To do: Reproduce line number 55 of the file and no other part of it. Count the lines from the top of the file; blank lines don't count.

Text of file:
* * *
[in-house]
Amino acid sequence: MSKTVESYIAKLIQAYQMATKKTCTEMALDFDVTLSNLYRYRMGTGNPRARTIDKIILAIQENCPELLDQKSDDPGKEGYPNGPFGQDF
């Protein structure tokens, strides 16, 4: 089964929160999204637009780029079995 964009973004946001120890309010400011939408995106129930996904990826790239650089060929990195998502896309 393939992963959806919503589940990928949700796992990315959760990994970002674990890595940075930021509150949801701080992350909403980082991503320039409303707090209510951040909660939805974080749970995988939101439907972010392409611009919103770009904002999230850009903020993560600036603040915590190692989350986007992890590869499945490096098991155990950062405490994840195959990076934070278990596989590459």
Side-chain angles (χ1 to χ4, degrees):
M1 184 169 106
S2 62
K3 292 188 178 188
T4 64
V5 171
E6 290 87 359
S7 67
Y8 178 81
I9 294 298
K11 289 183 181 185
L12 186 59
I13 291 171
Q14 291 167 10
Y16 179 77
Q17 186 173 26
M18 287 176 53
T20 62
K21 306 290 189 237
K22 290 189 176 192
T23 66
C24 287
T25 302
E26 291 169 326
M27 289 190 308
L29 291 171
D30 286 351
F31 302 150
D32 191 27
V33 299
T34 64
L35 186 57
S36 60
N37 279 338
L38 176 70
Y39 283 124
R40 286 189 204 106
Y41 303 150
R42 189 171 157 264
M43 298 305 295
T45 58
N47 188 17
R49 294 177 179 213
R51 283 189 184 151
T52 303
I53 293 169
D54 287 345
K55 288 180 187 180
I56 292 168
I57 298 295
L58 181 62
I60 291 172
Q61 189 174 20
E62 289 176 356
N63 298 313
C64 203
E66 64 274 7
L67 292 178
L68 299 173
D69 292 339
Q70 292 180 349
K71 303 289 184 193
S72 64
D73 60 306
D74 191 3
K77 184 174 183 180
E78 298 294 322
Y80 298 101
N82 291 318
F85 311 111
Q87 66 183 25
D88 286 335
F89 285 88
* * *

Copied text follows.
I60 291 172